There is a student here at this school and he LOVES to ask “Why?” The teachers joke that he could ask that all day long.
I remember my mom telling me about when my oldest brother was little. They were driving down the road and there was a man carrying his bicycle. In one hand he had one of the tires, in the other hand he had the other tire connected to the rest of the bike. My brother saw the man and the following conversation ensued:
Brother: What is that man doing?
Mom: I think he’s carrying his bike to be fixed.
Mom: It looks like one of his tires is flat.
Mom: Maybe he rode over something sharp.
Mom: Maybe it was something so small and he couldn’t see it, or maybe he ran over something sharp because he wasn’t paying attention.
Mom: He could have been looking ahead to see if the light was green or red instead of looking at the ground.
Mom: He would have been looking at the streetlight so he could tell if he could go through the light or if he needed to stop.
And so forth.
I’m sure many of you have had similar conversations. While it may feel frustrating to you, children are just trying to figure out the world and how it works.
As an extension of this idea I find that kids like to know the reasons for doing things. In my experience as a teacher I have had greater success when asking students to do something when I tell then the reason behind the request. When I walk my classes down the school halls they sometimes get noisier than I like. If I say, “Our line is too loud, please turn your voices down/off” the line would get slightly quieter. I would have greater success when I would say, “Our line is getting noisy. I see that some of the classroom doors are open. If we keep talking we are going to disturb other classes who are learning. Please stop talking in line.”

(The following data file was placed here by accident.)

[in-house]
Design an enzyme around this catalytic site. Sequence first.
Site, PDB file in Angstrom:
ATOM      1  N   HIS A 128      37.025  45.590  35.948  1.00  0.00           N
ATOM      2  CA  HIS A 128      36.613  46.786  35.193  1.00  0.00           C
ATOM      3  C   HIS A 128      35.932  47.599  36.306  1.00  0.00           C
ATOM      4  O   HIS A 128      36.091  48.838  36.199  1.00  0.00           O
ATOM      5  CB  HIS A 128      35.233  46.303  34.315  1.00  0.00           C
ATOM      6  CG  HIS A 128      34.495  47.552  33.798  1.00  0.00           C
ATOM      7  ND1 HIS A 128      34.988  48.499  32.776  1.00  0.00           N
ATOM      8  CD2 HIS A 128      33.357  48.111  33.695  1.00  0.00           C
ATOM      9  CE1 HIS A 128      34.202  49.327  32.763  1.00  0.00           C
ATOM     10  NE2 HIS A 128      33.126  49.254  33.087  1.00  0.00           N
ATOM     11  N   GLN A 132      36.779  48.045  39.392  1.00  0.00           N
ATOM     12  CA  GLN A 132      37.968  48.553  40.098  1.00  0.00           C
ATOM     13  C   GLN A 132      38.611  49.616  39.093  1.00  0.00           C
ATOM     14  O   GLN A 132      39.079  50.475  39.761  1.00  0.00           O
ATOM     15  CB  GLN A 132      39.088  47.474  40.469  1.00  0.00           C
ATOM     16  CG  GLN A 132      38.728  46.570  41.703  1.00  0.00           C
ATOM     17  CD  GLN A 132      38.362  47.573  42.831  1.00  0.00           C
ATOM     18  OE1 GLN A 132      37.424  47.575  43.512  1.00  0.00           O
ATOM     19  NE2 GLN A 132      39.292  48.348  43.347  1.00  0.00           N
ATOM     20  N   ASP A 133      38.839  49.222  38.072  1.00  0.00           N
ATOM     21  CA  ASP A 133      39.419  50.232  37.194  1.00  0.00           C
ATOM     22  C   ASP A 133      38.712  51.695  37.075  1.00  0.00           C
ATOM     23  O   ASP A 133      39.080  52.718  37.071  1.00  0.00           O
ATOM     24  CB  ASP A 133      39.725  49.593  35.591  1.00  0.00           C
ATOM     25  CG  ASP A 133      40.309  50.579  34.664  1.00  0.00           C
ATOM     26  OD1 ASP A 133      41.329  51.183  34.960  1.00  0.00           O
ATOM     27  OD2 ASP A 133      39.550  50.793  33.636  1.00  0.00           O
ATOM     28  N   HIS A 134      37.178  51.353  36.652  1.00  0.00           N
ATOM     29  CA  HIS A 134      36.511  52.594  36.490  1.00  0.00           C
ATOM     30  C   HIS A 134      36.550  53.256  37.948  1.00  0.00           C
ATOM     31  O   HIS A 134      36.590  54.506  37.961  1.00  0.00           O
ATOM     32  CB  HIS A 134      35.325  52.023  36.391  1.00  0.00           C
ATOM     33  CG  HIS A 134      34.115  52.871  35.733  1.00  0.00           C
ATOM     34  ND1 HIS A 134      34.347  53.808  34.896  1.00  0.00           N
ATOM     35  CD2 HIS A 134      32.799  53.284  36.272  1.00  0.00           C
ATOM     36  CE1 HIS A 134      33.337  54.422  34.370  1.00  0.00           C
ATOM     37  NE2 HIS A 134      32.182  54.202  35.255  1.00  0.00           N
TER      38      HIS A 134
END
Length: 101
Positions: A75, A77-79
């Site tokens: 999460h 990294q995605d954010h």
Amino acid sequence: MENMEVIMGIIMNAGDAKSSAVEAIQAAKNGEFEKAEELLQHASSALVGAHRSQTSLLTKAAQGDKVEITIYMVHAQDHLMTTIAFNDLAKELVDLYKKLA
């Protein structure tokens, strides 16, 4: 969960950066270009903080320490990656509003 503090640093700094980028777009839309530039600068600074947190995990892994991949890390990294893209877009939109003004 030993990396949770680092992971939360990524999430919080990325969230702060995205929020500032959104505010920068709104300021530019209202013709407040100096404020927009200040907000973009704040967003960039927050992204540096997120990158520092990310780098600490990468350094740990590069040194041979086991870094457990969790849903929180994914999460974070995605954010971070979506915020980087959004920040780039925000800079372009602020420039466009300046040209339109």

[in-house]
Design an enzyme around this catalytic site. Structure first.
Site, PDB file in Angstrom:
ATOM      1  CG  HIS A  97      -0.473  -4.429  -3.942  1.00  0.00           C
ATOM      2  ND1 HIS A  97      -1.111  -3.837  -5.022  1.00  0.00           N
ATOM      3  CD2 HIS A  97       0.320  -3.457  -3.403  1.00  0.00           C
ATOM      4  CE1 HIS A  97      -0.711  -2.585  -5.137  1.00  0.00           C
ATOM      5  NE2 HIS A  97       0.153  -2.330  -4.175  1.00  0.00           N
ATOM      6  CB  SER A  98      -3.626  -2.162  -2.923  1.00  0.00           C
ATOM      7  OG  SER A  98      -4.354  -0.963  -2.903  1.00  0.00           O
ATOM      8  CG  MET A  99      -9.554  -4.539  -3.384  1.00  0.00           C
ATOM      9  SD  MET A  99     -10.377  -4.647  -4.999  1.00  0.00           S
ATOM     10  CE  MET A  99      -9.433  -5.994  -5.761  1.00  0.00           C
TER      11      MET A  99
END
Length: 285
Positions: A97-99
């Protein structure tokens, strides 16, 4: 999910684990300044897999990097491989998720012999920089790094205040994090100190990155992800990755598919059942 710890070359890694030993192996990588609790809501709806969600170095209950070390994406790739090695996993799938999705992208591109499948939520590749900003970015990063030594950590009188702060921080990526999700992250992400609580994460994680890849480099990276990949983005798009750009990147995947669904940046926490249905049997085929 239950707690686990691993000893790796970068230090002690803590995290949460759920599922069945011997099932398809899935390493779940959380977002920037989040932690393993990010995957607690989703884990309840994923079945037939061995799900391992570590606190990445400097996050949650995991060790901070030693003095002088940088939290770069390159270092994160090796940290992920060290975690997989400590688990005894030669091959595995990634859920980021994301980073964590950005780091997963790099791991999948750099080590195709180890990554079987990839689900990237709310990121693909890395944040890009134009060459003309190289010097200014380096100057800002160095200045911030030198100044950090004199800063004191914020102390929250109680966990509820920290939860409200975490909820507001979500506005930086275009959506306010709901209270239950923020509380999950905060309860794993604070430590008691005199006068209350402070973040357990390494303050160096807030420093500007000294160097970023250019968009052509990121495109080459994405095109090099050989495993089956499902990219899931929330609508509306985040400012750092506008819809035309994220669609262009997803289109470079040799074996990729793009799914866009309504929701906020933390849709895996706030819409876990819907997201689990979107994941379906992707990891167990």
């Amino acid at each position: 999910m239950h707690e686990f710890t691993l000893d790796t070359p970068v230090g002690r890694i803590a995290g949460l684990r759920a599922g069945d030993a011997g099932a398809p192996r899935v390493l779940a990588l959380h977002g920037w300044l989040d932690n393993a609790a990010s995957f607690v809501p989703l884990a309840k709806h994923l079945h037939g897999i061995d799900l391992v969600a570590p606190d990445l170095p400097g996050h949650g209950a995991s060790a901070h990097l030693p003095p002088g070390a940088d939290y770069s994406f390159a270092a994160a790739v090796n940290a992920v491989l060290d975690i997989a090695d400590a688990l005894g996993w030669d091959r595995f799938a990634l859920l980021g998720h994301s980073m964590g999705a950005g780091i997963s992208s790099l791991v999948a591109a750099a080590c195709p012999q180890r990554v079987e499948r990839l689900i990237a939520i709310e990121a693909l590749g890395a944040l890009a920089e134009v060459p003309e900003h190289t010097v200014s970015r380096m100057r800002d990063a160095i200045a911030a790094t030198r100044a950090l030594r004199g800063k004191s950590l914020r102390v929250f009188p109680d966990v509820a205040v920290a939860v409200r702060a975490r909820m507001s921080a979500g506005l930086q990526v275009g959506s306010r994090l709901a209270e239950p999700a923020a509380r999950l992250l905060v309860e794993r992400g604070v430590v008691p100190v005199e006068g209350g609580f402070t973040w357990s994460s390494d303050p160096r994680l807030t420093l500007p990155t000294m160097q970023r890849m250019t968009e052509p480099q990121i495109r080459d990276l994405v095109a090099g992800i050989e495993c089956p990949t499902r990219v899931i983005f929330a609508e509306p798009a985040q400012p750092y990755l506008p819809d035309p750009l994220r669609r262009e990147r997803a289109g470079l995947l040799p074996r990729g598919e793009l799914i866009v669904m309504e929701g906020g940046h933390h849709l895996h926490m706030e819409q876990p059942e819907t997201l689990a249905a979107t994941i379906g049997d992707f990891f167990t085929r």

There are countless examples I could give from the view of a teacher, but this also works at home with your kiddos. Instead of saying, “Get out of the street!” you might try, “the street is for cars and bikes and the side walk is for people. If you stay in the street you could get hit by a car or bike and it could hurt you really bad. That would make me fell so sad. Please walk on the sidewalk where you will be more safe”.
I feel like it is easy to assume that kids can draw conclusions about why we are asking things, but that is rarely the case. Until about 8 years old kids brains are not yet wired to think abstractly.
So next time a child asks you “why?” over and over and over…. Remember that they aren’t intentionally driving you crazy—they’re figuring out the way the world works. And who knows, maybe as we think about why people are doing things more consciously we may be a little more understanding and patient with others who think differently than we do.